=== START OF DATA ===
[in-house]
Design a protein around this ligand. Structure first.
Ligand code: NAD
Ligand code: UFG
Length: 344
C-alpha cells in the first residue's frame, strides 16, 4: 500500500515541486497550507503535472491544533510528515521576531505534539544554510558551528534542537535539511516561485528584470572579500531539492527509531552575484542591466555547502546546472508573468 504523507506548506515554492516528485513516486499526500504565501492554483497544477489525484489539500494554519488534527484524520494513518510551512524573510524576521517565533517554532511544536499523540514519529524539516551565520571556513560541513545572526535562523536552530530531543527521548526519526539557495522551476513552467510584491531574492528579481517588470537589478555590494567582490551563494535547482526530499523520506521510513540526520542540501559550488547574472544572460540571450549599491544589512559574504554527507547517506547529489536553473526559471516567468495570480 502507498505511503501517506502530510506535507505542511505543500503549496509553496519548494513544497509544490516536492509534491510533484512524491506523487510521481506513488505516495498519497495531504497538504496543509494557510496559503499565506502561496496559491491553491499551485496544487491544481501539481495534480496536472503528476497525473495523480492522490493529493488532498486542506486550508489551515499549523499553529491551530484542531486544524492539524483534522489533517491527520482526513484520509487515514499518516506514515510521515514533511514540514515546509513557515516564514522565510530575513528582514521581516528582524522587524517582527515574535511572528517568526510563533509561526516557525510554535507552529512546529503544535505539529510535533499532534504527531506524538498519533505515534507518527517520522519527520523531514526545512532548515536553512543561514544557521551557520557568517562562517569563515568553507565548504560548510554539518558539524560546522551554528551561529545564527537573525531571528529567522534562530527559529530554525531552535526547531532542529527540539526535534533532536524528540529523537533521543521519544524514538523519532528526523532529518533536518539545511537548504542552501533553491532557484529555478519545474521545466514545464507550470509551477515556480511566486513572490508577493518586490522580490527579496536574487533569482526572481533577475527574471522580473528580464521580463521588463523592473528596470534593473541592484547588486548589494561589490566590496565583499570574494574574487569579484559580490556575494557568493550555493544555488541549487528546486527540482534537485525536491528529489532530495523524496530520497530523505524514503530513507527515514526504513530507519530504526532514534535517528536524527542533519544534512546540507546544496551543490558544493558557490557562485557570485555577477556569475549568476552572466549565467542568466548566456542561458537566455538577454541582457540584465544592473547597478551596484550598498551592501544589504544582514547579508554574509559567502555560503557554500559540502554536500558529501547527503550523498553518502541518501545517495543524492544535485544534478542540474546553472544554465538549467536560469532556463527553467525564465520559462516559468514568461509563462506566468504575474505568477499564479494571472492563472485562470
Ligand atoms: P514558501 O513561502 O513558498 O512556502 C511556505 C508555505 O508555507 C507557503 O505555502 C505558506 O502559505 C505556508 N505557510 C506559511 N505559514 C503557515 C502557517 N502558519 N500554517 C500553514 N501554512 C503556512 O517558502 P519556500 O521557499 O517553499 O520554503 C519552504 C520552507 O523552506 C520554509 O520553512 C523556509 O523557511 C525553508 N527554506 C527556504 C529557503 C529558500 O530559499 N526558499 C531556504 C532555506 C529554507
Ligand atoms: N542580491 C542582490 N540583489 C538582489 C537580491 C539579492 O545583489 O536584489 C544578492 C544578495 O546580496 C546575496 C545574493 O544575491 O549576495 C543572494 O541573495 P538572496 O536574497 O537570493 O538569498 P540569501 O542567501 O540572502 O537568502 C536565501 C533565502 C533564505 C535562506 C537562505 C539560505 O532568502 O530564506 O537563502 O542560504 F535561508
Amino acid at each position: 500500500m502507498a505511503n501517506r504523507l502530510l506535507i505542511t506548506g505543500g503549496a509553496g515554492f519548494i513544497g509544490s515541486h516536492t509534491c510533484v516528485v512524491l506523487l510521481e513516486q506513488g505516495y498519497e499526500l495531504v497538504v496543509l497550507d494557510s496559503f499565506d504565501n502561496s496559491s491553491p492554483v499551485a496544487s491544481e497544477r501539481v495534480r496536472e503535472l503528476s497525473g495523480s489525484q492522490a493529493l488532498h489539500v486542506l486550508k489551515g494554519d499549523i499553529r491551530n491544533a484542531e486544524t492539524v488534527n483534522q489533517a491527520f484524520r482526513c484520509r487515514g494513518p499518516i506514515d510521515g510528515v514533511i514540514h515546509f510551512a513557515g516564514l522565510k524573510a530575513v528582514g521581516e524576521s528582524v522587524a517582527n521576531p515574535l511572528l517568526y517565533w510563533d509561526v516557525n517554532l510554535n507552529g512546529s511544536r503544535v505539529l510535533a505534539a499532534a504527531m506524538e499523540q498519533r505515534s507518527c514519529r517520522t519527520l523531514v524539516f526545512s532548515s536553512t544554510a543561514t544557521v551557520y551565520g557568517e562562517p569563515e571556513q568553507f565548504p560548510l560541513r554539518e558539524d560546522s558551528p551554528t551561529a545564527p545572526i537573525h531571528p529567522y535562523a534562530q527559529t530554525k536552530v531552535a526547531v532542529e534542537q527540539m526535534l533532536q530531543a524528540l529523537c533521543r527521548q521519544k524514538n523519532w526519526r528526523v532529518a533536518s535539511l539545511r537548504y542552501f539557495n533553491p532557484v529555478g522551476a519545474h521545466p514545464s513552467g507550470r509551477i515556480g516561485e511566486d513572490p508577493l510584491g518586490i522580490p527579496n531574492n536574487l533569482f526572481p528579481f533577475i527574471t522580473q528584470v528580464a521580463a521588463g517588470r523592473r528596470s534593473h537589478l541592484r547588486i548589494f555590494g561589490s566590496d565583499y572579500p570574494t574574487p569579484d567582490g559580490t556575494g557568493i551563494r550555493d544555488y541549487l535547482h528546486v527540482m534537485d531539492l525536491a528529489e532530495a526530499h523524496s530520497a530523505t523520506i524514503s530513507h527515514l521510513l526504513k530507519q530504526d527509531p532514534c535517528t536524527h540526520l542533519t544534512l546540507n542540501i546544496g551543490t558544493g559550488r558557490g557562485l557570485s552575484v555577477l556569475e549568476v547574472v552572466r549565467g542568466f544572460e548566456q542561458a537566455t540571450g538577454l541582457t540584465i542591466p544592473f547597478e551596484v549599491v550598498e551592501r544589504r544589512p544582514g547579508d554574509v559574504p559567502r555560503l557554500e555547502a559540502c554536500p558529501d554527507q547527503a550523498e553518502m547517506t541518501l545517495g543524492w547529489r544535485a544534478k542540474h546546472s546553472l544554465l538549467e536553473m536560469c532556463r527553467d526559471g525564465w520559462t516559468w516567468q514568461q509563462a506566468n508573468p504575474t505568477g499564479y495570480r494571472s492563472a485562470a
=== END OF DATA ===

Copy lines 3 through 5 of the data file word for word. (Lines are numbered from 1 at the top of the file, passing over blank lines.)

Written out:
Ligand code: NAD
Ligand code: UFG
Length: 344